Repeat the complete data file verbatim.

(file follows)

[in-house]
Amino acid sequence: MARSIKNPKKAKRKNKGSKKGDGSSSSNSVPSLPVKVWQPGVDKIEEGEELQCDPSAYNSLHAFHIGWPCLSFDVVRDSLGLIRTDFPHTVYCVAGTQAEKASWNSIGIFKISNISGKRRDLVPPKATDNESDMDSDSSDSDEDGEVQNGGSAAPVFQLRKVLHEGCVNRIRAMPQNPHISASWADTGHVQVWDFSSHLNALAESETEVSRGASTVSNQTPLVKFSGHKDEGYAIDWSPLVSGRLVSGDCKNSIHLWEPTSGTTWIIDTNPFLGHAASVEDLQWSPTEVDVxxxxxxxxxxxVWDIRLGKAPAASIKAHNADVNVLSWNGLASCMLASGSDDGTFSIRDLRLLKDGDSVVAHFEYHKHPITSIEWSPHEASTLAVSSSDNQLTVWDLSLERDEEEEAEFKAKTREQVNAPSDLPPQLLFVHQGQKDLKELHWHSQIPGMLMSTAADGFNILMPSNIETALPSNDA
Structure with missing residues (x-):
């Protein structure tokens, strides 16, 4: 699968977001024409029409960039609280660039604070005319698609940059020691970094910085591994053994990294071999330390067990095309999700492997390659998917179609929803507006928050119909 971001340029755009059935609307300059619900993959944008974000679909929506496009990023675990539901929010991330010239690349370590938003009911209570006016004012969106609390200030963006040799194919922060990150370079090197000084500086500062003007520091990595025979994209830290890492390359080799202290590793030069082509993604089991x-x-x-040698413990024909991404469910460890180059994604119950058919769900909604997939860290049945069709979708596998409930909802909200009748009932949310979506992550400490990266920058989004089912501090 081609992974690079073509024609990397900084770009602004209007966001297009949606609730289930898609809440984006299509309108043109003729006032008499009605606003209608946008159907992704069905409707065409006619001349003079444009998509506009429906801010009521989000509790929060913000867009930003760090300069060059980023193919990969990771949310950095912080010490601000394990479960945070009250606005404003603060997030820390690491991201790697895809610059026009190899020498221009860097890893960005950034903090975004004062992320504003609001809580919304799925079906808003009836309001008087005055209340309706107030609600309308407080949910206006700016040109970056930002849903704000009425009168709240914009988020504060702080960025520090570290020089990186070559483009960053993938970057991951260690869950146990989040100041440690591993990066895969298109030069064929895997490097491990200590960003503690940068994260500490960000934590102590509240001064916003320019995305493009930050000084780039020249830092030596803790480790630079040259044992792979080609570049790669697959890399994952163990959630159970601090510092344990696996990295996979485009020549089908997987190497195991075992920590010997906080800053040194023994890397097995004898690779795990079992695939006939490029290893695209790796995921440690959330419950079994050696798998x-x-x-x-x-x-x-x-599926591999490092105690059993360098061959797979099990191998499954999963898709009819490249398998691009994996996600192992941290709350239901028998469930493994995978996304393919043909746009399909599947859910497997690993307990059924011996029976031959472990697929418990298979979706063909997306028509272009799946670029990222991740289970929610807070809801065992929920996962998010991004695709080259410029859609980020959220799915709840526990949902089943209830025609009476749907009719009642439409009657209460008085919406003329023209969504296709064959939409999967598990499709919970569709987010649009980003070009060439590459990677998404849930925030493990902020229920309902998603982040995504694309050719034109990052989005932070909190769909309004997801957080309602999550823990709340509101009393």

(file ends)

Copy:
[in-house]
Amino acid sequence: MARSIKNPKKAKRKNKGSKKGDGSSSSNSVPSLPVKVWQPGVDKIEEGEELQCDPSAYNSLHAFHIGWPCLSFDVVRDSLGLIRTDFPHTVYCVAGTQAEKASWNSIGIFKISNISGKRRDLVPPKATDNESDMDSDSSDSDEDGEVQNGGSAAPVFQLRKVLHEGCVNRIRAMPQNPHISASWADTGHVQVWDFSSHLNALAESETEVSRGASTVSNQTPLVKFSGHKDEGYAIDWSPLVSGRLVSGDCKNSIHLWEPTSGTTWIIDTNPFLGHAASVEDLQWSPTEVDVxxxxxxxxxxxVWDIRLGKAPAASIKAHNADVNVLSWNGLASCMLASGSDDGTFSIRDLRLLKDGDSVVAHFEYHKHPITSIEWSPHEASTLAVSSSDNQLTVWDLSLERDEEEEAEFKAKTREQVNAPSDLPPQLLFVHQGQKDLKELHWHSQIPGMLMSTAADGFNILMPSNIETALPSNDA
Structure with missing residues (x-):
């Protein structure tokens, strides 16, 4: 699968977001024409029409960039609280660039604070005319698609940059020691970094910085591994053994990294071999330390067990095309999700492997390659998917179609929803507006928050119909 971001340029755009059935609307300059619900993959944008974000679909929506496009990023675990539901929010991330010239690349370590938003009911209570006016004012969106609390200030963006040799194919922060990150370079090197000084500086500062003007520091990595025979994209830290890492390359080799202290590793030069082509993604089991x-x-x-040698413990024909991404469910460890180059994604119950058919769900909604997939860290049945069709979708596998409930909802909200009748009932949310979506992550400490990266920058989004089912501090 081609992974690079073509024609990397900084770009602004209007966001297009949606609730289930898609809440984006299509309108043109003729006032008499009605606003209608946008159907992704069905409707065409006619001349003079444009998509506009429906801010009521989000509790929060913000867009930003760090300069060059980023193919990969990771949310950095912080010490601000394990479960945070009250606005404003603060997030820390690491991201790697895809610059026009190899020498221009860097890893960005950034903090975004004062992320504003609001809580919304799925079906808003009836309001008087005055209340309706107030609600309308407080949910206006700016040109970056930002849903704000009425009168709240914009988020504060702080960025520090570290020089990186070559483009960053993938970057991951260690869950146990989040100041440690591993990066895969298109030069064929895997490097491990200590960003503690940068994260500490960000934590102590509240001064916003320019995305493009930050000084780039020249830092030596803790480790630079040259044992792979080609570049790669697959890399994952163990959630159970601090510092344990696996990295996979485009020549089908997987190497195991075992920590010997906080800053040194023994890397097995004898690779795990079992695939006939490029290893695209790796995921440690959330419950079994050696798998x-x-x-x-x-x-x-x-599926591999490092105690059993360098061959797979099990191998499954999963898709009819490249398998691009994996996600192992941290709350239901028998469930493994995978996304393919043909746009399909599947859910497997690993307990059924011996029976031959472990697929418990298979979706063909997306028509272009799946670029990222991740289970929610807070809801065992929920996962998010991004695709080259410029859609980020959220799915709840526990949902089943209830025609009476749907009719009642439409009657209460008085919406003329023209969504296709064959939409999967598990499709919970569709987010649009980003070009060439590459990677998404849930925030493990902020229920309902998603982040995504694309050719034109990052989005932070909190769909309004997801957080309602999550823990709340509101009393």